If you look at the test cases, the code is much less verbose and better readable.
Well, you separated each method call onto a separate line, so, it'd
look basically the same without chaining? If only all chained API
consumers followed your approach...
To be clear: what I dislike about chaining is it creates ambiguity
in how you write the code that consumes our APIs.
You().can().do().this(). Or, you().
this(). Or maybe you().can().
Ambiguity is very bad, especially in open-source dev: it invites
bikeshed wars, harming communities by dividing them, spending precious
time debating what from the outside would seem like trivial
If somebody wants to change this, he can do this in another issue called "remove all builders from Lucene"
The first API I would fix is IndexWriterConfig; its setters should not
be chainable, because now we get code like this:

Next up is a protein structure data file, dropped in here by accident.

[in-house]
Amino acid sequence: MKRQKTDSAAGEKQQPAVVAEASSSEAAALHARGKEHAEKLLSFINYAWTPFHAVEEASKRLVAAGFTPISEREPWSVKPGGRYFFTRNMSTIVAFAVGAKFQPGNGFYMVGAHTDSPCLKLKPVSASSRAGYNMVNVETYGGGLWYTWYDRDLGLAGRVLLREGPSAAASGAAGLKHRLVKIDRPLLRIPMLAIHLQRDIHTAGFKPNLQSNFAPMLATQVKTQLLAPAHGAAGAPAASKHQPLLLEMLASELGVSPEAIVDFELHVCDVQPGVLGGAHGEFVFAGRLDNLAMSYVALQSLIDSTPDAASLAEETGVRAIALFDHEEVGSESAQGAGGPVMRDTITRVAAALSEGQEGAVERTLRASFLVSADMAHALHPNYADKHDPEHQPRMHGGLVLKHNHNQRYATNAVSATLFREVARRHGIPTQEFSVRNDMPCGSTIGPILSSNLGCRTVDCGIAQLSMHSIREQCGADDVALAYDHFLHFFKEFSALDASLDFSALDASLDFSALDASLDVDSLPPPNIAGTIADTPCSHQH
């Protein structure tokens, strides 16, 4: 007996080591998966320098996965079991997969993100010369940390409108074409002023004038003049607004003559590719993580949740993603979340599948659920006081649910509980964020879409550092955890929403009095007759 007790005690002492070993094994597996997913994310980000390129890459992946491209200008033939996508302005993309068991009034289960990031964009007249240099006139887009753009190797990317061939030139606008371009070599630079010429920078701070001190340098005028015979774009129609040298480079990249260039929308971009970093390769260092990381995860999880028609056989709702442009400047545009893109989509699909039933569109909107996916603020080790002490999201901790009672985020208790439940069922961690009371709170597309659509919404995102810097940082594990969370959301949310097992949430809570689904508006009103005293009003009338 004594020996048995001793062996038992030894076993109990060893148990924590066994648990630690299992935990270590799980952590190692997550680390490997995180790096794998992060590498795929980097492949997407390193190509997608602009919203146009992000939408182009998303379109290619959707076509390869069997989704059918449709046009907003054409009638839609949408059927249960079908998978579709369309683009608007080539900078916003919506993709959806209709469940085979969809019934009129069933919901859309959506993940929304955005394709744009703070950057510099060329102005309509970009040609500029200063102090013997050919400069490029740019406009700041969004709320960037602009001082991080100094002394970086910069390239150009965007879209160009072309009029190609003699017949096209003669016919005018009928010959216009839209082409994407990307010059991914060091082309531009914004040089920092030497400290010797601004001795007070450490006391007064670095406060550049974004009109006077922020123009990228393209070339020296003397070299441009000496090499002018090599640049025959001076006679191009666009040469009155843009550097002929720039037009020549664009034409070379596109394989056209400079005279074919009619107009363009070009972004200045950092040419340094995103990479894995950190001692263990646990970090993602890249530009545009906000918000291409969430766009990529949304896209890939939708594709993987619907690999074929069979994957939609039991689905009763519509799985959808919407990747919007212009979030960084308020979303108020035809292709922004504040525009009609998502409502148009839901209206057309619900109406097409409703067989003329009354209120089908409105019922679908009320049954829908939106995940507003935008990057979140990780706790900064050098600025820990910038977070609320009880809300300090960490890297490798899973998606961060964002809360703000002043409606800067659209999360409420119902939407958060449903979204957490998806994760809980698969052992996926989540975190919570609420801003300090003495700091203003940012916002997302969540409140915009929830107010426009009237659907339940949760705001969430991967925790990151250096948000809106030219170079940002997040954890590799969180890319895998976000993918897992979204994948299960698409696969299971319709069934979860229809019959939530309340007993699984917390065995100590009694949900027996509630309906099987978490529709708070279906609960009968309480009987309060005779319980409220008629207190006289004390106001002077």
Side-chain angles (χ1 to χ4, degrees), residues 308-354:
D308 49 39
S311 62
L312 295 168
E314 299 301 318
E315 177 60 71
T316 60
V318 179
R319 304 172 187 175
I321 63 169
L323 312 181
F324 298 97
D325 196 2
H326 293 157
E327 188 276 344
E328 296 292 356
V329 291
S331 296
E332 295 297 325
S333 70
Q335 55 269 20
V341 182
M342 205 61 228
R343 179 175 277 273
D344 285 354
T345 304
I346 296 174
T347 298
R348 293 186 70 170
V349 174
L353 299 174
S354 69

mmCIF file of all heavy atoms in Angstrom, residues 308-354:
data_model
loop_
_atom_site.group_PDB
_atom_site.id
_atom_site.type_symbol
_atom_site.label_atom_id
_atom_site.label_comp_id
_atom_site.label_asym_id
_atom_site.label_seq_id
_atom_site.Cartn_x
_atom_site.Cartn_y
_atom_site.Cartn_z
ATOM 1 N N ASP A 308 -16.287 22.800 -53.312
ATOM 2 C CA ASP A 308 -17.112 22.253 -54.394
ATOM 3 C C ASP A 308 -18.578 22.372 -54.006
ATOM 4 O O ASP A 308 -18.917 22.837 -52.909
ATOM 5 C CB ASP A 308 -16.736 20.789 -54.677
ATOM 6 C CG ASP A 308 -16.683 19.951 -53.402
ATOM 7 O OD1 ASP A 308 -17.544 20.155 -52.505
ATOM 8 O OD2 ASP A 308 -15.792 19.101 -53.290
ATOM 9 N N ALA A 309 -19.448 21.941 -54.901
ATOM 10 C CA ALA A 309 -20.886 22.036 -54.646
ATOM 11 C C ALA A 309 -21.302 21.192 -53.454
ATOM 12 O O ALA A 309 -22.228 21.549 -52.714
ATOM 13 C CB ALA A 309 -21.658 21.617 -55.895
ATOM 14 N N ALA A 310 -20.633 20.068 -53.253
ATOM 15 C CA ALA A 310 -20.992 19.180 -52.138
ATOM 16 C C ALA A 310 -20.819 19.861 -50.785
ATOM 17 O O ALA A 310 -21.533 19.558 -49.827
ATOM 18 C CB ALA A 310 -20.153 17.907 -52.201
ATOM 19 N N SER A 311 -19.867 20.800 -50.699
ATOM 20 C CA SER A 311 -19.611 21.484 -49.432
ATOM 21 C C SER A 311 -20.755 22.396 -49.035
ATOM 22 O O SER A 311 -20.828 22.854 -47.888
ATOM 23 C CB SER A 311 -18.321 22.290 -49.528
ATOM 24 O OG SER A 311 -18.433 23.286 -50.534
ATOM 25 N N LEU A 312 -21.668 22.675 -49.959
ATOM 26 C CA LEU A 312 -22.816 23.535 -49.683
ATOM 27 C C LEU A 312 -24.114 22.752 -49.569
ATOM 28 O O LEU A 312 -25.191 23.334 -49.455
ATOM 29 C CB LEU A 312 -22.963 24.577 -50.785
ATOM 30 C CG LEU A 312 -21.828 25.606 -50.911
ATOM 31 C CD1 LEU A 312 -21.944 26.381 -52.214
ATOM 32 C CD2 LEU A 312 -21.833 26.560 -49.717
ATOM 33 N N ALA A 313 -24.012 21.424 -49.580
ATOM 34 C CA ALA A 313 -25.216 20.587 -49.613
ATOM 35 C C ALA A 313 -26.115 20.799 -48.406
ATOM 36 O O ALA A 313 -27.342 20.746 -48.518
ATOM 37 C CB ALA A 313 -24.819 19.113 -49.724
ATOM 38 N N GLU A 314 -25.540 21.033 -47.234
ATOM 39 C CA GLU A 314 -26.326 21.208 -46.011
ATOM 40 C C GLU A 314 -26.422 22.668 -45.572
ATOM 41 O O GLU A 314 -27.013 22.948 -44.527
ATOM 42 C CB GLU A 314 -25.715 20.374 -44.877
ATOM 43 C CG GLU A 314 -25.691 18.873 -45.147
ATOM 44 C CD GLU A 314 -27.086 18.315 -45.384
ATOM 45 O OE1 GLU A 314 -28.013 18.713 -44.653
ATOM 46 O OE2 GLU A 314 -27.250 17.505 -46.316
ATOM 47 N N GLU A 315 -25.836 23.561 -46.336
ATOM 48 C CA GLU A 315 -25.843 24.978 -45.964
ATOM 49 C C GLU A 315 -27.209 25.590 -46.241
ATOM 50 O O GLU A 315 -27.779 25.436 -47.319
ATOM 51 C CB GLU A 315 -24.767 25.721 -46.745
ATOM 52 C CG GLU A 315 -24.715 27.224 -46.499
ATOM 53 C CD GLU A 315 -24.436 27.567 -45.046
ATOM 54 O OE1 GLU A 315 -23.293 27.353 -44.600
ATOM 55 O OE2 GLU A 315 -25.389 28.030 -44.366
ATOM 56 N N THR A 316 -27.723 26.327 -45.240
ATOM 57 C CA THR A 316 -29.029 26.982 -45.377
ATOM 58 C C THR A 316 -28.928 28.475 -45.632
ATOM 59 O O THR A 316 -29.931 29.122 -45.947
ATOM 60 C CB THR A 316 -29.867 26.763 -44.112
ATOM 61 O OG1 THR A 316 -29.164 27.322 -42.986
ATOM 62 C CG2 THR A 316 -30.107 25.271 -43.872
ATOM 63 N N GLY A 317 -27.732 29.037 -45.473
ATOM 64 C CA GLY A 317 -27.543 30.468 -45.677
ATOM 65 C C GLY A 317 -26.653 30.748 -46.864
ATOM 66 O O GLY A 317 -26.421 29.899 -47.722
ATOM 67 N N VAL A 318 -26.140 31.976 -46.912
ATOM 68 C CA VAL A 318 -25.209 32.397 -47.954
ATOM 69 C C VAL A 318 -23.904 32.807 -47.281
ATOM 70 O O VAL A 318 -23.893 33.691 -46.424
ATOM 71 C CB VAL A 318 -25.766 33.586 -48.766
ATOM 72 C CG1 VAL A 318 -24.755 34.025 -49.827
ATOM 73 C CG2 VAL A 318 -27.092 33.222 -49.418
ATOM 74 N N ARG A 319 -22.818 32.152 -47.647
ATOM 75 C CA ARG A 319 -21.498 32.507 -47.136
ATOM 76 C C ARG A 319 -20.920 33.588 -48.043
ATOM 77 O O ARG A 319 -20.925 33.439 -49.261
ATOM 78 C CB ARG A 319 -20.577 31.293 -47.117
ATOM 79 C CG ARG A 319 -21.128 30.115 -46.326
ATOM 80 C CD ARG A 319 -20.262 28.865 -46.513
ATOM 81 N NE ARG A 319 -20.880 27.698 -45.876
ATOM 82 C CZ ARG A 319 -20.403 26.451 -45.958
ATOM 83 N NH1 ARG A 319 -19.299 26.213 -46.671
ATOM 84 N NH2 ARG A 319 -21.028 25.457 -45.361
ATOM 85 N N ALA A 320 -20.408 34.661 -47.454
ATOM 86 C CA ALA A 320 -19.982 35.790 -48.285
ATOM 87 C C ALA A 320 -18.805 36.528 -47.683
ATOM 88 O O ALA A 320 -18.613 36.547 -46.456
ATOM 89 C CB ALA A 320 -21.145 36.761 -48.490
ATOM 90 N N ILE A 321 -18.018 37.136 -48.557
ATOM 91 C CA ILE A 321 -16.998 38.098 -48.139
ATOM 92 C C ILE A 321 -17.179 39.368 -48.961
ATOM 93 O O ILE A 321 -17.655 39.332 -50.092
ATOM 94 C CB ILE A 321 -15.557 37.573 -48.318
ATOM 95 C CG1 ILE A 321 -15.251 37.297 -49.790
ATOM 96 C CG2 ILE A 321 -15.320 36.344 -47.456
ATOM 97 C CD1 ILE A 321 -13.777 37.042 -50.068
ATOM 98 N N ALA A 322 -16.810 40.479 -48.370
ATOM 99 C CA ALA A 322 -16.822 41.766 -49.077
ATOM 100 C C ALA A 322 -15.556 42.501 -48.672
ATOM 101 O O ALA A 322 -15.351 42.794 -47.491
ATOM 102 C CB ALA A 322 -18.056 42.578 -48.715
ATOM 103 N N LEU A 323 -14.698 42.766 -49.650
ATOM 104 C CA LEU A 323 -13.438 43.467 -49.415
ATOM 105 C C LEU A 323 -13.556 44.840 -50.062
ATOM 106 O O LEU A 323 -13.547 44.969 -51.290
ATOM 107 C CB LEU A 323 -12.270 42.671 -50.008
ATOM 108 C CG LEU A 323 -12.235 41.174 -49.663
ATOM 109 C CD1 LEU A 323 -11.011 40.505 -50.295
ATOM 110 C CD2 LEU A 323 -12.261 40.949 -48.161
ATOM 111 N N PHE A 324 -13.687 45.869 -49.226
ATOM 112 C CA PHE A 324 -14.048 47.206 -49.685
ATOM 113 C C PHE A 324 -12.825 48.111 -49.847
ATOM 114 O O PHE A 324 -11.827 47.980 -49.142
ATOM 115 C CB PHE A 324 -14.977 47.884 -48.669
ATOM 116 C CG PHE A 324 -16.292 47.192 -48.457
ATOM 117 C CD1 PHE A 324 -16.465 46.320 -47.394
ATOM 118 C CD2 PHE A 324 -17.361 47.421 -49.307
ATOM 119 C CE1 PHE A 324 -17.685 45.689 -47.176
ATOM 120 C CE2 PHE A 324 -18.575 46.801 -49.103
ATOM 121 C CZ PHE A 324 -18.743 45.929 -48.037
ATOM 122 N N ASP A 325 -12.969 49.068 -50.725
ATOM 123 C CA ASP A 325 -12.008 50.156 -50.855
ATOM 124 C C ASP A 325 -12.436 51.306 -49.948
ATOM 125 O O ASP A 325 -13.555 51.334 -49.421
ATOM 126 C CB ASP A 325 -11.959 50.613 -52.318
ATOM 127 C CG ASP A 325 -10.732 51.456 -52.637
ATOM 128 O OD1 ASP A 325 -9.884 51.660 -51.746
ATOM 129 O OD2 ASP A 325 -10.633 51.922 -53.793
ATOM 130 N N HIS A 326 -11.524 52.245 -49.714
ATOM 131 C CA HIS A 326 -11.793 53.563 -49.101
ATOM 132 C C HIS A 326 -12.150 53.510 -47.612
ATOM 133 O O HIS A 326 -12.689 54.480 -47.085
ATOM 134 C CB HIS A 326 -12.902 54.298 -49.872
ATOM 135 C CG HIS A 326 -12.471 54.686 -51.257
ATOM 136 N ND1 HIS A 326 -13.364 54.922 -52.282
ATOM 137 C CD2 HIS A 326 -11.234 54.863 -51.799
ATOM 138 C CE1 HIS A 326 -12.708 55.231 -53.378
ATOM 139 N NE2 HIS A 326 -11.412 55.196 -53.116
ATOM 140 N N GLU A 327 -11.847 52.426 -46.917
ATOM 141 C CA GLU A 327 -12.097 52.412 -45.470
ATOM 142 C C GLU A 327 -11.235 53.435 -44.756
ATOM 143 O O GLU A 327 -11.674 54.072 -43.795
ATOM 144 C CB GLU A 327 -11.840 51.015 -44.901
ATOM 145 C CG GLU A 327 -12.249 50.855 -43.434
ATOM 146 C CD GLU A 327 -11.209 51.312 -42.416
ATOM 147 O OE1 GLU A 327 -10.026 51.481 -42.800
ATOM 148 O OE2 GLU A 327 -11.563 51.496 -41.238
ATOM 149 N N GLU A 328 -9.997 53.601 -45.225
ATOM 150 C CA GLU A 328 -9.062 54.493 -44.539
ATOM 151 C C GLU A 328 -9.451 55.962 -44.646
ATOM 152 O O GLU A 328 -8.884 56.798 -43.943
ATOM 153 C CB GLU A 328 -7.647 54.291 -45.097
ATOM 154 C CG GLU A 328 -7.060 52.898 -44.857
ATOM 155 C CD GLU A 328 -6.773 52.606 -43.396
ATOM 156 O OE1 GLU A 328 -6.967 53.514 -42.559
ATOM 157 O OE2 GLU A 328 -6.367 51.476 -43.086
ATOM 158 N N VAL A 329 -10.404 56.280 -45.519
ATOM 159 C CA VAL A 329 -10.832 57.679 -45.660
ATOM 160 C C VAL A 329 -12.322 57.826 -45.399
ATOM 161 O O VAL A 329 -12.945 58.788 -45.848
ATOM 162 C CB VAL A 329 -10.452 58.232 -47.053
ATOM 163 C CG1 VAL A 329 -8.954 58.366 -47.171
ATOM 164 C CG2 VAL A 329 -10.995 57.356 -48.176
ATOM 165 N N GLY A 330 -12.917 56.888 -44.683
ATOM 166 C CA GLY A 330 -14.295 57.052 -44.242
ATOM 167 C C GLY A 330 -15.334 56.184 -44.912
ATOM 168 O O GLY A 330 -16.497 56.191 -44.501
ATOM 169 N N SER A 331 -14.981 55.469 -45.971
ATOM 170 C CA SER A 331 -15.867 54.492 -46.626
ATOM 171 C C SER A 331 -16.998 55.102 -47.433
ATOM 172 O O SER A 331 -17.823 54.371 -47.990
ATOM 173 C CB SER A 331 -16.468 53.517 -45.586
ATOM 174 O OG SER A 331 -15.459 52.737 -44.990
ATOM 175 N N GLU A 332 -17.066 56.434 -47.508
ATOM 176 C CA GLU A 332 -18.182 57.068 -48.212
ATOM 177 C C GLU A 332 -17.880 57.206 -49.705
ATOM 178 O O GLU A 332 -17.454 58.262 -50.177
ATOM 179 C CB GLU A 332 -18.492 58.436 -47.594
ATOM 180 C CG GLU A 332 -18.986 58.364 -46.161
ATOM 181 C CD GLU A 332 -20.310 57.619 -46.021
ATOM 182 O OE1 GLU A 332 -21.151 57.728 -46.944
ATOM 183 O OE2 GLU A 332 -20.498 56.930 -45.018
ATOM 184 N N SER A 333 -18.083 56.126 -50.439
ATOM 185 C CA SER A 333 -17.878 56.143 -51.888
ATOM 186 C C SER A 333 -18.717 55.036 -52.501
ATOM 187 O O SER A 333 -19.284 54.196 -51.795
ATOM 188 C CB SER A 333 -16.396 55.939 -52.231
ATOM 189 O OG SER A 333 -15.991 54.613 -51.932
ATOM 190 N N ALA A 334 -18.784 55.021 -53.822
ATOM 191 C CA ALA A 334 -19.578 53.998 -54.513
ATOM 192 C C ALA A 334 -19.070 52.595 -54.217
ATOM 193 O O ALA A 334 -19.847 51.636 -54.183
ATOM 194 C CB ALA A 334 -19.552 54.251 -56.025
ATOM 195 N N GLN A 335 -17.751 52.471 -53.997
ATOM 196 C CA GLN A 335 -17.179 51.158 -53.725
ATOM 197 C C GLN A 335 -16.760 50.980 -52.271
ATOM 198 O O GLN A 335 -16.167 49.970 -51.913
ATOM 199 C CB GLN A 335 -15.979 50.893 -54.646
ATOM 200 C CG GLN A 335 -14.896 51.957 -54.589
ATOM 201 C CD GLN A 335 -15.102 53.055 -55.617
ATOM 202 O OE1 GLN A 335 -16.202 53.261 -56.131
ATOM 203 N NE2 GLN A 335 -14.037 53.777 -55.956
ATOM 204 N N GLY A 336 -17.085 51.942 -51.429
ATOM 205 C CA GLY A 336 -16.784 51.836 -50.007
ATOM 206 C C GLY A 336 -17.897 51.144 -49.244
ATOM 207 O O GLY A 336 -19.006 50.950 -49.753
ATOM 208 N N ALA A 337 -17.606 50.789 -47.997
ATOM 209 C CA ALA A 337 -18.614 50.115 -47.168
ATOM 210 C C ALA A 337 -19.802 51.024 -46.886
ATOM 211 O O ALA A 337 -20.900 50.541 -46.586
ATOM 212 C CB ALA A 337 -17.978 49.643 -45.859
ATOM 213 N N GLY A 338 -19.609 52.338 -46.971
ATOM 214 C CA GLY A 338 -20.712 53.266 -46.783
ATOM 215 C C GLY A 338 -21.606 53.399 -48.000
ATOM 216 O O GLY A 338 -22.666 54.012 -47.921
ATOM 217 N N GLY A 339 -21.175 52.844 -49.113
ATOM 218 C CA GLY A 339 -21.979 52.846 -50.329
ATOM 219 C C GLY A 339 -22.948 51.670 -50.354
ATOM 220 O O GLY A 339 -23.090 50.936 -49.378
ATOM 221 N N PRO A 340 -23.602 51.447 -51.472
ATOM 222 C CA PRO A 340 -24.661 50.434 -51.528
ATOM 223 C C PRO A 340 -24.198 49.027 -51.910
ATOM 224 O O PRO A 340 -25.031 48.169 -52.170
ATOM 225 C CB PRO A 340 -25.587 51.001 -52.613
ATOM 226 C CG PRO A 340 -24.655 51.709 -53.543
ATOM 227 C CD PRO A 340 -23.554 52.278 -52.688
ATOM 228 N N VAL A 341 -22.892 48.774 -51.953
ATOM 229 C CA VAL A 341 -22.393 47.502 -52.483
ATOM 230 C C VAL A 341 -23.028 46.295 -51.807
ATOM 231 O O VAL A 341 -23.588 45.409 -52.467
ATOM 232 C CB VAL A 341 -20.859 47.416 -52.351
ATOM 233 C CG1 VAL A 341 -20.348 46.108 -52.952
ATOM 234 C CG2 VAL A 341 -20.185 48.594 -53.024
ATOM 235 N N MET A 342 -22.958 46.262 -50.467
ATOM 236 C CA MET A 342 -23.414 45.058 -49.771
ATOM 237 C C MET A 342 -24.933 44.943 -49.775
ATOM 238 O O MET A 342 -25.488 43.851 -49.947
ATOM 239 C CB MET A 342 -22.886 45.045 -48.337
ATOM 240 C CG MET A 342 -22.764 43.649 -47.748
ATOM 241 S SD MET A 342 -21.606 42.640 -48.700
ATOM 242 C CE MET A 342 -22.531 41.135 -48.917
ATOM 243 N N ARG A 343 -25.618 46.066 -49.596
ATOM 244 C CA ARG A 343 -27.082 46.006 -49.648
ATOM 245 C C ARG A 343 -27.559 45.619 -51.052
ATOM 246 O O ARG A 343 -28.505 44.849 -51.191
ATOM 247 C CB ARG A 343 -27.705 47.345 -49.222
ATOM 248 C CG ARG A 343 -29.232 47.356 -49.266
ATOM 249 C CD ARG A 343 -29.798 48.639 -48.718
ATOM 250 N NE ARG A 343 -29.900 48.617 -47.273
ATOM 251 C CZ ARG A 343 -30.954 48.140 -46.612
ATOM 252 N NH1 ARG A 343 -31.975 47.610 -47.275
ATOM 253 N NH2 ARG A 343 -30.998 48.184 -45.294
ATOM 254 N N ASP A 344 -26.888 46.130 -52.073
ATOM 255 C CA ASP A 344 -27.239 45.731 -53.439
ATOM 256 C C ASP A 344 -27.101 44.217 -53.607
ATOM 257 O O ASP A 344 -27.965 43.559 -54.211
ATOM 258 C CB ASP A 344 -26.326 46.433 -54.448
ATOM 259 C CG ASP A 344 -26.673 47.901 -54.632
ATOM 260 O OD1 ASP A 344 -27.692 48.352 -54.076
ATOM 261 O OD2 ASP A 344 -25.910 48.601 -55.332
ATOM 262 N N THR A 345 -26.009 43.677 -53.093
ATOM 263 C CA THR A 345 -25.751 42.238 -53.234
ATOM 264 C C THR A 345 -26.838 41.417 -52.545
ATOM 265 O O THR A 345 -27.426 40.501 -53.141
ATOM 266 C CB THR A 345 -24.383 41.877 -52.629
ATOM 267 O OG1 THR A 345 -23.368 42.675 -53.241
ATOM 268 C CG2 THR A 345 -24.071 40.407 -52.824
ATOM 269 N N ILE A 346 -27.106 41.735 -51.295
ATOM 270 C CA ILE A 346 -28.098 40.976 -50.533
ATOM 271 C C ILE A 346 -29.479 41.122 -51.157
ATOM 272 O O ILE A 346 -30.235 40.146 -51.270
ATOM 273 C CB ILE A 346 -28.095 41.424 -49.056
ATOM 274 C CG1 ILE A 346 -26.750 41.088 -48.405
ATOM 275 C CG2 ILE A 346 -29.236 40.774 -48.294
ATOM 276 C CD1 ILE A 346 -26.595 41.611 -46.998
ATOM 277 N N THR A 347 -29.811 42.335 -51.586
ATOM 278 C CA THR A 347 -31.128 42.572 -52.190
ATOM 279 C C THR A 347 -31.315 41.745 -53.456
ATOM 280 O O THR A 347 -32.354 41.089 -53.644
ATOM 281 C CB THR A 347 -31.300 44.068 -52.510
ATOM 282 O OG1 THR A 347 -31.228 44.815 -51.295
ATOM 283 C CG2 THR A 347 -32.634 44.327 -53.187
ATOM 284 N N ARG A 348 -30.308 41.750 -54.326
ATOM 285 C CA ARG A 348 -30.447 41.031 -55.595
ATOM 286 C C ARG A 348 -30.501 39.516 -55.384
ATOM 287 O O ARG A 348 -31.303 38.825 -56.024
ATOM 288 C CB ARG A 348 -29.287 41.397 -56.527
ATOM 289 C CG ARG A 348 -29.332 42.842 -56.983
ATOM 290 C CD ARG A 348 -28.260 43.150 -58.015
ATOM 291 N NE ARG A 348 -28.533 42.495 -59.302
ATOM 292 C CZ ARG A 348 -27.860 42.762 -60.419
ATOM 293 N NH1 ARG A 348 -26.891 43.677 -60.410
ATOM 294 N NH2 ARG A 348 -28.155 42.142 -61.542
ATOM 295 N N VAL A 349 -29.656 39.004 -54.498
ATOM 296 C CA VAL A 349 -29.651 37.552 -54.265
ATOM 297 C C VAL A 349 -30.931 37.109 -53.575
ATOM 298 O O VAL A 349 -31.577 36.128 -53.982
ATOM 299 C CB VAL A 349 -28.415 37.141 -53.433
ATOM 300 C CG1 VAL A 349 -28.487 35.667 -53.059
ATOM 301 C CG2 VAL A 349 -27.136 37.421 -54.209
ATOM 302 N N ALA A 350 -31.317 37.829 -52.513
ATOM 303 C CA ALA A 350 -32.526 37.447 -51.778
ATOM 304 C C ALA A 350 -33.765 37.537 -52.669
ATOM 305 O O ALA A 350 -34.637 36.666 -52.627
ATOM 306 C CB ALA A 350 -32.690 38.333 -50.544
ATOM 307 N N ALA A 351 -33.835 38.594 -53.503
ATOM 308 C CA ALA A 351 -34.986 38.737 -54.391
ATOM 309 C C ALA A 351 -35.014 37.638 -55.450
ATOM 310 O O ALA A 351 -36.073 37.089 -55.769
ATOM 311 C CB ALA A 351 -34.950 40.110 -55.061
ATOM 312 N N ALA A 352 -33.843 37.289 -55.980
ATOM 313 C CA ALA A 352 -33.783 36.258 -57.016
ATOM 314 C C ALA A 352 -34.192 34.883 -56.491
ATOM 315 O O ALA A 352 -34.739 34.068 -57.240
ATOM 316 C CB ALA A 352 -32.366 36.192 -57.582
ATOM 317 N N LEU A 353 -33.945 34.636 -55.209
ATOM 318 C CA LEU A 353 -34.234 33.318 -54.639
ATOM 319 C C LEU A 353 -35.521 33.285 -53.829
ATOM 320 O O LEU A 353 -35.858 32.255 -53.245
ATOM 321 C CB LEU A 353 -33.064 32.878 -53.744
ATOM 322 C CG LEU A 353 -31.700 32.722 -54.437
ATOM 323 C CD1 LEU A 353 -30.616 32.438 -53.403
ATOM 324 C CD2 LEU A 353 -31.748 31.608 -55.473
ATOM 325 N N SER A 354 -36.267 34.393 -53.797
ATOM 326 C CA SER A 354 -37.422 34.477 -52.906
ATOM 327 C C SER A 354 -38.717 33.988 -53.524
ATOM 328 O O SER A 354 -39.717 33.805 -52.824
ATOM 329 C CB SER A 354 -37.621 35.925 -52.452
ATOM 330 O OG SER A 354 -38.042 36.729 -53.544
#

IndexWriter writer = new IndexWriter(dir, newIndexWriterConfig( TEST_VERSION_CURRENT, new MockAnalyzer(random)).setMaxBufferedDocs(2).setMergePolicy(newLogMergePolicy()));
Code is already hard enough to read... we should not make it even
harder by enabling big hard-to-read compound expressions like this.
This phenomenon is [unfortunately] human nature, and also well outside
of software development; see
http://en.wikipedia.org/wiki/Parkinson's_Law_of_Triviality ... the
less important the ambiguity the more brutal the bike shed wars will
be. You see this also in Theodor Geisel ("Dr Seuss")'s delightful
Sneetches (the stars on their stomachs), his Butter Battle Book (which
side to butter the bread on), which end of the egg to crack (the
Lilliputians in Gulliver's Travels), etc. It's not an uncommon
Battles over code styling is a great example of this phenomenon, and
fortunately we long ago adopted a standard for Lucene so we don't
argue (much!) about code style. There is one way and there is no
(little!) ambiguity left.
So I don't want to add any more chainable methods in Lucene. It
creates an unnecessary ambiguity and I don't like where that will lead
us. We should reduce ambiguity whenever we can: there should
generally be one obvious way to do something.